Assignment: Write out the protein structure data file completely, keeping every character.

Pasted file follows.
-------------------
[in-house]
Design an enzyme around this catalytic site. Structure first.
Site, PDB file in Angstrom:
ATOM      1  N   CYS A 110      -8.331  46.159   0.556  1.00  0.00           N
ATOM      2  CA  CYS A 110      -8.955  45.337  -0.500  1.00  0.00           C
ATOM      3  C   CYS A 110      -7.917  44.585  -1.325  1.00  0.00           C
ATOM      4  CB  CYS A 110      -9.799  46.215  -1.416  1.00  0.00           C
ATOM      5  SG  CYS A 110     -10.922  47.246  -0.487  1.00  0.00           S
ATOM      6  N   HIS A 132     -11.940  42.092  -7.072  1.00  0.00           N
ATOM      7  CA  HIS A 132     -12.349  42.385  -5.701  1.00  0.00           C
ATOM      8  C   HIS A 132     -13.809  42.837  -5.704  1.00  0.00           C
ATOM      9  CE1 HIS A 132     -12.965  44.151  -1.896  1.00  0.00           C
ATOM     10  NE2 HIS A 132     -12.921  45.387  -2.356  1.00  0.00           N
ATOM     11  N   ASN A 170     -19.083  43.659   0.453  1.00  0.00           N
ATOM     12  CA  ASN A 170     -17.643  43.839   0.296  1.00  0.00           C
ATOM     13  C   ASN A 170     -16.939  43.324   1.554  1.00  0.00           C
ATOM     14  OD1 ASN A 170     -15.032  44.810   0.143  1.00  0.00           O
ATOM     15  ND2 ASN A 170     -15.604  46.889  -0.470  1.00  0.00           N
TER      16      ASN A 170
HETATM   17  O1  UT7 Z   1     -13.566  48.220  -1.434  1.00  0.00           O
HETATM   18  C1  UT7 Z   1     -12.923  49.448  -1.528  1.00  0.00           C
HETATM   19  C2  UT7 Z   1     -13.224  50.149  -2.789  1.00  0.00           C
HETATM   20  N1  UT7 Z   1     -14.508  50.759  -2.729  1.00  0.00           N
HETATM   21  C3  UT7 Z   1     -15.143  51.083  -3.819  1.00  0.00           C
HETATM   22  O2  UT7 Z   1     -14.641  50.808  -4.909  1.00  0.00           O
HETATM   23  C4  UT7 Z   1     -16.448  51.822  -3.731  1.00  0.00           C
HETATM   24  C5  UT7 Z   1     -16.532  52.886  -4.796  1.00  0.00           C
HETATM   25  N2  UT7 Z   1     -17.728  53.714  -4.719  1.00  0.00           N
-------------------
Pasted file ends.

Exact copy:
[in-house]
Design an enzyme around this catalytic site. Structure first.
Site, PDB file in Angstrom:
ATOM      1  N   CYS A 110      -8.331  46.159   0.556  1.00  0.00           N
ATOM      2  CA  CYS A 110      -8.955  45.337  -0.500  1.00  0.00           C
ATOM      3  C   CYS A 110      -7.917  44.585  -1.325  1.00  0.00           C
ATOM      4  CB  CYS A 110      -9.799  46.215  -1.416  1.00  0.00           C
ATOM      5  SG  CYS A 110     -10.922  47.246  -0.487  1.00  0.00           S
ATOM      6  N   HIS A 132     -11.940  42.092  -7.072  1.00  0.00           N
ATOM      7  CA  HIS A 132     -12.349  42.385  -5.701  1.00  0.00           C
ATOM      8  C   HIS A 132     -13.809  42.837  -5.704  1.00  0.00           C
ATOM      9  CE1 HIS A 132     -12.965  44.151  -1.896  1.00  0.00           C
ATOM     10  NE2 HIS A 132     -12.921  45.387  -2.356  1.00  0.00           N
ATOM     11  N   ASN A 170     -19.083  43.659   0.453  1.00  0.00           N
ATOM     12  CA  ASN A 170     -17.643  43.839   0.296  1.00  0.00           C
ATOM     13  C   ASN A 170     -16.939  43.324   1.554  1.00  0.00           C
ATOM     14  OD1 ASN A 170     -15.032  44.810   0.143  1.00  0.00           O
ATOM     15  ND2 ASN A 170     -15.604  46.889  -0.470  1.00  0.00           N
TER      16      ASN A 170
HETATM   17  O1  UT7 Z   1     -13.566  48.220  -1.434  1.00  0.00           O
HETATM   18  C1  UT7 Z   1     -12.923  49.448  -1.528  1.00  0.00           C
HETATM   19  C2  UT7 Z   1     -13.224  50.149  -2.789  1.00  0.00           C
HETATM   20  N1  UT7 Z   1     -14.508  50.759  -2.729  1.00  0.00           N
HETATM   21  C3  UT7 Z   1     -15.143  51.083  -3.819  1.00  0.00           C
HETATM   22  O2  UT7 Z   1     -14.641  50.808  -4.909  1.00  0.00           O
HETATM   23  C4  UT7 Z   1     -16.448  51.822  -3.731  1.00  0.00           C
HETATM   24  C5  UT7 Z   1     -16.532  52.886  -4.796  1.00  0.00           C
HETATM   25  N2  UT7 Z   1     -17.728  53.714  -4.719  1.00  0.00           N